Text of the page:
Bayou Black big bass bonanza happening now

Hymel reports 15- to 20-pound five-fish stringers common from shallow marsh ponds

While the unusually high level of the Atchafalaya River has wreaked havoc with fishing in the Basin the last several months, the high water has had just the opposite effect for late-summer bass fishermen in the marshes around Bayou Black.

The marsh is still holding water in mid-August — and lots of big bass are prowling the shallow ponds there.

“What’s going on is Bayou Black is unique because the higher level of the Atchafalaya River has kept the water in the marsh longer than usual,” said longtime area angler Thomas Hymel, of Paulina. “So we have a lot of water still in the marsh in Bayou Black, and all of the big fish — and there is a high big-fish population — are out in the marsh in less than 2 feet of water.”

So water depth is of little consequence right now, he said.

“The clearer the water the better in the marsh, and it doesn’t matter how shallow it is,” he said. “A foot, maybe 18 inches — you would think there wouldn’t be a fish there, but those fish in the marsh live in there as long as they can.”

The key is to find grass and lilies, he said.

“If you can get the bait up against the lilies or over the top of the grass, that’s where they’re at,” Hymel said. “They’re as shallow as they can be. That’s where all the baitfish are at, and that’s where all the big fish are at.”

Recent stringers coming out of areas like the Crawford Pond have been impressive, to say the least, Hymel said.

“It is routine to go into that marsh right now — and this is not uncommon — to catch five bass that weigh 15 to 20 pounds,” he said. “That’s a routine number right now with what’s going on down there. It’s really amazing.”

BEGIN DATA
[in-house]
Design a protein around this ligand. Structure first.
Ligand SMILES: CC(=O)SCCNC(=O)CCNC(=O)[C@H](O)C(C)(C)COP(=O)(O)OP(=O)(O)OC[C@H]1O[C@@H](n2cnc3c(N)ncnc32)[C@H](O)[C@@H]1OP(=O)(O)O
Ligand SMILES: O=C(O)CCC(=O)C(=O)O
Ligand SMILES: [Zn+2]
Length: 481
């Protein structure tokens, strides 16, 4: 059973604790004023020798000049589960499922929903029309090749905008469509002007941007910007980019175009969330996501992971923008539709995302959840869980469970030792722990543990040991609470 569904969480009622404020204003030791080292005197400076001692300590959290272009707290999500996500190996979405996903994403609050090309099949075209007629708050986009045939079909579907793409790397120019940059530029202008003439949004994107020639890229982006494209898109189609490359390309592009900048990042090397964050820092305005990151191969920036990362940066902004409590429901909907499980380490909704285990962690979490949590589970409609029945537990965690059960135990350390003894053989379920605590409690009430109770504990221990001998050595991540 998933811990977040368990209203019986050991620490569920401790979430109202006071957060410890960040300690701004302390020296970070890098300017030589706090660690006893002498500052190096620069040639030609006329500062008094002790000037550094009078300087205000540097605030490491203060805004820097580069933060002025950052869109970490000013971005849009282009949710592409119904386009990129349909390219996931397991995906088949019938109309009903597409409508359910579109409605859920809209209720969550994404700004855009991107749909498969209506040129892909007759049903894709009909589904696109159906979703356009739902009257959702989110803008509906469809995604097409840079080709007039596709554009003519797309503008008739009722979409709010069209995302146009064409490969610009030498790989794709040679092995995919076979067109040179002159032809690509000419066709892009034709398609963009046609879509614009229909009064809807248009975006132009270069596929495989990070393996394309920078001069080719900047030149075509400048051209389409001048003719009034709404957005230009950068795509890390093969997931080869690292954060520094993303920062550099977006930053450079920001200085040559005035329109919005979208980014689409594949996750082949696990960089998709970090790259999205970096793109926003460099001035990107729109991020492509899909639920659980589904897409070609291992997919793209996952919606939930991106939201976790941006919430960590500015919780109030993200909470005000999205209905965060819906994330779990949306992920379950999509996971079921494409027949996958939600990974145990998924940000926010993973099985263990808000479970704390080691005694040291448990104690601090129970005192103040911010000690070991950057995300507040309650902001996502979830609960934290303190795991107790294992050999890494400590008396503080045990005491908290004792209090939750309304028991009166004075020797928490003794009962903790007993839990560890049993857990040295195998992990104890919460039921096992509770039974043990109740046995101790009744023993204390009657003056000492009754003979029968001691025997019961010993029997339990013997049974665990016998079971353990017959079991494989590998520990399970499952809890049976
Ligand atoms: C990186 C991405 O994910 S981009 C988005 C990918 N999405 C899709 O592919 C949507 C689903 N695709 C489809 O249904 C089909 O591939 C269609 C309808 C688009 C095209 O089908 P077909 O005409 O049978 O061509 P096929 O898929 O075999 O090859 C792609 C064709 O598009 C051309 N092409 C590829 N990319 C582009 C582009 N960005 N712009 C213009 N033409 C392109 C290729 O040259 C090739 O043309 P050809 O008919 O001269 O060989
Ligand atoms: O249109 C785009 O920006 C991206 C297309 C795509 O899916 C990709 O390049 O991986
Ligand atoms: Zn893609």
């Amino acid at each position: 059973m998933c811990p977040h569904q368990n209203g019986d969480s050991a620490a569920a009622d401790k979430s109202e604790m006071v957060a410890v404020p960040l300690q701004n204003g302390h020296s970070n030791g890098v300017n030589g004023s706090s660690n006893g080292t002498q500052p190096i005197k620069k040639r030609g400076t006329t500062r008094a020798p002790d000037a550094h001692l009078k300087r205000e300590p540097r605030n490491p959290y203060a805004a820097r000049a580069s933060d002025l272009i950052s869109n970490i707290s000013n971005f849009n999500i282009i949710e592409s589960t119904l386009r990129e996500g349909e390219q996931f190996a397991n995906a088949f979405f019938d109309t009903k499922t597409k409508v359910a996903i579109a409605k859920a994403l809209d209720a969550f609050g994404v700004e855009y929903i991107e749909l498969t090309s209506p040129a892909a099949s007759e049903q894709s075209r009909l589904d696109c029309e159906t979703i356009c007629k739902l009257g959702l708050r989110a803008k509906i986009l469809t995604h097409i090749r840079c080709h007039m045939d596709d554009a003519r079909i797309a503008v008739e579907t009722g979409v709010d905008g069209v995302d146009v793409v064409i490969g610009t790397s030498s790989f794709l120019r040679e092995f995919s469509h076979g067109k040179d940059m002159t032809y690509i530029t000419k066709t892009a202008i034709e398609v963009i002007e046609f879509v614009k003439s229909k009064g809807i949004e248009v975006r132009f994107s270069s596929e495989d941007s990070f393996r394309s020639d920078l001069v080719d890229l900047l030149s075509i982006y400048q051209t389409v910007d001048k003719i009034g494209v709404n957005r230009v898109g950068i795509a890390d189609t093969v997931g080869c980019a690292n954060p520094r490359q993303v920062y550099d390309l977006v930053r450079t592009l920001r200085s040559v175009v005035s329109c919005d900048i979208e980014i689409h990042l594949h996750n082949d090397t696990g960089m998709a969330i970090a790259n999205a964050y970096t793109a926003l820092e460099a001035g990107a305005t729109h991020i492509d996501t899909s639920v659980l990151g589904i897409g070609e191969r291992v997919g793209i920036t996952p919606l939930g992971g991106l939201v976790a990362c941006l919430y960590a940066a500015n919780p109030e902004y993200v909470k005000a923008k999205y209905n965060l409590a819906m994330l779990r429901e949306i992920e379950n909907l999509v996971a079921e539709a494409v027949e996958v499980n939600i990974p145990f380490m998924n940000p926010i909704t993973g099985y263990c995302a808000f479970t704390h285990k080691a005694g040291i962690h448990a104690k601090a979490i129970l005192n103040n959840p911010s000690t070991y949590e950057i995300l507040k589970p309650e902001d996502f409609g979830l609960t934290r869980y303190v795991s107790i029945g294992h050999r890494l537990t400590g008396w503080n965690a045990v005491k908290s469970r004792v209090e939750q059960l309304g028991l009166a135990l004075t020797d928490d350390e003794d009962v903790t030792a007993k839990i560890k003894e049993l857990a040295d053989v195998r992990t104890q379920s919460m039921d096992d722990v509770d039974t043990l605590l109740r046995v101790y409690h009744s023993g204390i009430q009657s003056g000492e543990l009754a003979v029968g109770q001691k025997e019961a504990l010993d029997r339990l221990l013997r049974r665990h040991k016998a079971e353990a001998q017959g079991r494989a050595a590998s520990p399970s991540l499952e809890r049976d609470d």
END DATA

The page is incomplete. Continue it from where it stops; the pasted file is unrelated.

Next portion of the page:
And anglers are having success catching lunkers with a wide variety of lures.

“We’re throwing Ribbits, Spro frogs, buzzbaits and a standard swimbait, like the Yum Money Minnow. Anything that resembles a shad or some type of minnow, so a pearl white or chartreuse-and-white should work,” he said. “They’re jumping all over it.

“And they’ll hit the topwater in the marsh all day — the heat doesn’t seem to bother them.”

Hymel said he rigs up with heavy-duty 65-pound braid when he’s throwing a frog.

“Once they grab it and it gets in that grass, you have to have a heavy rod and heavy braid to pull them out,” he said. “Otherwise, they’re going to get off.”

The good news is that, barring anything unexpected with the river, the bite should continue until the Atchafalaya at Morgan City falls another couple of feet. Currently, it’s at about 5.6 feet.

“It’s going to keep draining and eventually it will pull those fish out of the marsh, but they’re not going to leave until they become uncomfortable,” he said. “Then they’ll pull out into the canals and the bayous, but that won’t typically happen until the Morgan City level is at 3 feet and falling.”

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Patrick Bonin is the former editor of Louisiana Sportsman magazine and